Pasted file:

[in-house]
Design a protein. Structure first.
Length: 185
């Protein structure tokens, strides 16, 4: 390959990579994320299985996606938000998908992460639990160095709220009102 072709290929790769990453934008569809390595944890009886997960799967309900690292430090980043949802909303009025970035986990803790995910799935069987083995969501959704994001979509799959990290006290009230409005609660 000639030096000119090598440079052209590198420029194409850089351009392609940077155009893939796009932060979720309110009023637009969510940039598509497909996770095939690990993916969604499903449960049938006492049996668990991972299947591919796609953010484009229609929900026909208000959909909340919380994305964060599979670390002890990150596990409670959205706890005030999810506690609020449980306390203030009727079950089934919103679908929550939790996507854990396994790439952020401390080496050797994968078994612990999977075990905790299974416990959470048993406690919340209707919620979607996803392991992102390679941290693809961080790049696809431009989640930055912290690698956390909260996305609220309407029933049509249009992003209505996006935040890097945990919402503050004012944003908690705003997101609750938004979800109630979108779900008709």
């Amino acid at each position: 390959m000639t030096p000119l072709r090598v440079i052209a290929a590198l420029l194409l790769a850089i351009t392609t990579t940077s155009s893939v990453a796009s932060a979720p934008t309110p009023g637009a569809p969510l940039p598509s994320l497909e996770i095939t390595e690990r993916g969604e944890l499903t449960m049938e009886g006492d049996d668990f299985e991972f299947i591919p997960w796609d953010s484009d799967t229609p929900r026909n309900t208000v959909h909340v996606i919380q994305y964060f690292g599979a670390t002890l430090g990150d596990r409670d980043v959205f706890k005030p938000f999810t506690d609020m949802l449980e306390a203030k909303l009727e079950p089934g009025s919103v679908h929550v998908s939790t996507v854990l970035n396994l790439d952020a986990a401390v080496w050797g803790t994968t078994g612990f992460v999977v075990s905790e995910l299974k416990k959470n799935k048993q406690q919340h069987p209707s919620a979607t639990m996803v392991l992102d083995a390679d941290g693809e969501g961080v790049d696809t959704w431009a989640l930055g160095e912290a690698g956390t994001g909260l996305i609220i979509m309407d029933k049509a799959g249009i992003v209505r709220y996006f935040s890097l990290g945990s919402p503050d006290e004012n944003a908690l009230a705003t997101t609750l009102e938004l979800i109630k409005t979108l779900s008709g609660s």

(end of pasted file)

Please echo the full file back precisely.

[in-house]
Design a protein. Structure first.
Length: 185
């Protein structure tokens, strides 16, 4: 390959990579994320299985996606938000998908992460639990160095709220009102 072709290929790769990453934008569809390595944890009886997960799967309900690292430090980043949802909303009025970035986990803790995910799935069987083995969501959704994001979509799959990290006290009230409005609660 000639030096000119090598440079052209590198420029194409850089351009392609940077155009893939796009932060979720309110009023637009969510940039598509497909996770095939690990993916969604499903449960049938006492049996668990991972299947591919796609953010484009229609929900026909208000959909909340919380994305964060599979670390002890990150596990409670959205706890005030999810506690609020449980306390203030009727079950089934919103679908929550939790996507854990396994790439952020401390080496050797994968078994612990999977075990905790299974416990959470048993406690919340209707919620979607996803392991992102390679941290693809961080790049696809431009989640930055912290690698956390909260996305609220309407029933049509249009992003209505996006935040890097945990919402503050004012944003908690705003997101609750938004979800109630979108779900008709």
């Amino acid at each position: 390959m000639t030096p000119l072709r090598v440079i052209a290929a590198l420029l194409l790769a850089i351009t392609t990579t940077s155009s893939v990453a796009s932060a979720p934008t309110p009023g637009a569809p969510l940039p598509s994320l497909e996770i095939t390595e690990r993916g969604e944890l499903t449960m049938e009886g006492d049996d668990f299985e991972f299947i591919p997960w796609d953010s484009d799967t229609p929900r026909n309900t208000v959909h909340v996606i919380q994305y964060f690292g599979a670390t002890l430090g990150d596990r409670d980043v959205f706890k005030p938000f999810t506690d609020m949802l449980e306390a203030k909303l009727e079950p089934g009025s919103v679908h929550v998908s939790t996507v854990l970035n396994l790439d952020a986990a401390v080496w050797g803790t994968t078994g612990f992460v999977v075990s905790e995910l299974k416990k959470n799935k048993q406690q919340h069987p209707s919620a979607t639990m996803v392991l992102d083995a390679d941290g693809e969501g961080v790049d696809t959704w431009a989640l930055g160095e912290a690698g956390t994001g909260l996305i609220i979509m309407d029933k049509a799959g249009i992003v209505r709220y996006f935040s890097l990290g945990s919402p503050d006290e004012n944003a908690l009230a705003t997101t609750l009102e938004l979800i109630k409005t979108l779900s008709g609660s």